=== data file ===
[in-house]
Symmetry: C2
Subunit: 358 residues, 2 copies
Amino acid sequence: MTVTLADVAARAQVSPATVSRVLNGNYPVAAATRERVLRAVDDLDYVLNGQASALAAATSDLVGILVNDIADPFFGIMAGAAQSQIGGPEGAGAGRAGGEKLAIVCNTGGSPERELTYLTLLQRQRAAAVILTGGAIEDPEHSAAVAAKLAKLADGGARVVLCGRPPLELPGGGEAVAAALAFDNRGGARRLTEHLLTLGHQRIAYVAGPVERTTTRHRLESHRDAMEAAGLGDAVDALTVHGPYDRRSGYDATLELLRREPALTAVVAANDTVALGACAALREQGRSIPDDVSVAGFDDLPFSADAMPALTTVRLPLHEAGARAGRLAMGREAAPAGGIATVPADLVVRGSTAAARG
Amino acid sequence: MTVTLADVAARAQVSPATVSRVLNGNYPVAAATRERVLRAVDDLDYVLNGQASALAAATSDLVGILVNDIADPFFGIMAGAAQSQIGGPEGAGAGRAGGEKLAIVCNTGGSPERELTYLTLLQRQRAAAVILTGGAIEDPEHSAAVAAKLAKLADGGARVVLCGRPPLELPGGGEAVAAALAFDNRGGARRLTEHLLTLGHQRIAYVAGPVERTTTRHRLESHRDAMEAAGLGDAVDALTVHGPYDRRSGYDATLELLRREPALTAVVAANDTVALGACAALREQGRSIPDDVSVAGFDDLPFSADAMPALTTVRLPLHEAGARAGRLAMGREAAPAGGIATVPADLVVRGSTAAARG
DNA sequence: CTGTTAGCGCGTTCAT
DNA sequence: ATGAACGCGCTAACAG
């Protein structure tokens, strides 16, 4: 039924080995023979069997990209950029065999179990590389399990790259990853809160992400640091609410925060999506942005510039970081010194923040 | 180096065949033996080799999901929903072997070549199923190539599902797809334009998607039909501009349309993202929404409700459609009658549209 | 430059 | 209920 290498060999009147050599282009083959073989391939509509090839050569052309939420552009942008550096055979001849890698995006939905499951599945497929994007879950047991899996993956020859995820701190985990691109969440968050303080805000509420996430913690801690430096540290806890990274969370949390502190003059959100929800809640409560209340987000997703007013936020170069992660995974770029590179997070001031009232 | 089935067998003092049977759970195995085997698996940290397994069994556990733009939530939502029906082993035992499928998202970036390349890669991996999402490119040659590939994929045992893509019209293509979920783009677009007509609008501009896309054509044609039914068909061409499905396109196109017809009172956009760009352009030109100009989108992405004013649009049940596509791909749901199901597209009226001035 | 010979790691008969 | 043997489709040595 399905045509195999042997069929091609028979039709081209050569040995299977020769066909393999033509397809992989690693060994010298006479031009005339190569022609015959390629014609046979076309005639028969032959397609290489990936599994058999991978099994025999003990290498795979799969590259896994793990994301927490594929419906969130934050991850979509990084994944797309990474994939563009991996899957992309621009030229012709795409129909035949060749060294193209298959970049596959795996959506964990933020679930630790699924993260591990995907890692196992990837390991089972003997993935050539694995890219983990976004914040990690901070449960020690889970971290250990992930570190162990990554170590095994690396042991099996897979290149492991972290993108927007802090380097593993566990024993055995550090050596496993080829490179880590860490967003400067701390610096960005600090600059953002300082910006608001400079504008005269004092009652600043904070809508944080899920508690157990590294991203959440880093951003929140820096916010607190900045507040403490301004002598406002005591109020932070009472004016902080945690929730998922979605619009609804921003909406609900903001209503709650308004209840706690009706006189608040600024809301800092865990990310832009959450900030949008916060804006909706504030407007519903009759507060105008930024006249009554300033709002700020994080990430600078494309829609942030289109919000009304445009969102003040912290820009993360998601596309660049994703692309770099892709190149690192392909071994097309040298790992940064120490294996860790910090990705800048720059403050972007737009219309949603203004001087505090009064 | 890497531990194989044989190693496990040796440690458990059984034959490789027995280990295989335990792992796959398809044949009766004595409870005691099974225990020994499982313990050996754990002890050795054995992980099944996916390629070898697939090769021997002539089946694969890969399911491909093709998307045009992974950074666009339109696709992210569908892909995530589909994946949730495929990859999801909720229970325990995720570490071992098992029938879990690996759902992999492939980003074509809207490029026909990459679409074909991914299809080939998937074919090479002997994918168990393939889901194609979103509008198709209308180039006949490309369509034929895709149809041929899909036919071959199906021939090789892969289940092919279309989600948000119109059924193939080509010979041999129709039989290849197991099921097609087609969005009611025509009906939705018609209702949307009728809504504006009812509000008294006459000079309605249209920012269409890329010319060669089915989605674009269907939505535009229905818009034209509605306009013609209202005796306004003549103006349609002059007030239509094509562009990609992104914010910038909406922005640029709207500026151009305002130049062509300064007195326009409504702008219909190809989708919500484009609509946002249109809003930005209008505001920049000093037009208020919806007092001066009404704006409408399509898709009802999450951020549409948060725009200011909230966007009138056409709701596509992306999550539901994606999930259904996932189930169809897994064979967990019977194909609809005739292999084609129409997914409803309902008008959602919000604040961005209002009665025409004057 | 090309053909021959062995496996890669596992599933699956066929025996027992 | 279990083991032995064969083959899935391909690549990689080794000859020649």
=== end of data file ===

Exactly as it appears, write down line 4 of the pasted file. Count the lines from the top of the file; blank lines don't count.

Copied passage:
Amino acid sequence: MTVTLADVAARAQVSPATVSRVLNGNYPVAAATRERVLRAVDDLDYVLNGQASALAAATSDLVGILVNDIADPFFGIMAGAAQSQIGGPEGAGAGRAGGEKLAIVCNTGGSPERELTYLTLLQRQRAAAVILTGGAIEDPEHSAAVAAKLAKLADGGARVVLCGRPPLELPGGGEAVAAALAFDNRGGARRLTEHLLTLGHQRIAYVAGPVERTTTRHRLESHRDAMEAAGLGDAVDALTVHGPYDRRSGYDATLELLRREPALTAVVAANDTVALGACAALREQGRSIPDDVSVAGFDDLPFSADAMPALTTVRLPLHEAGARAGRLAMGREAAPAGGIATVPADLVVRGSTAAARG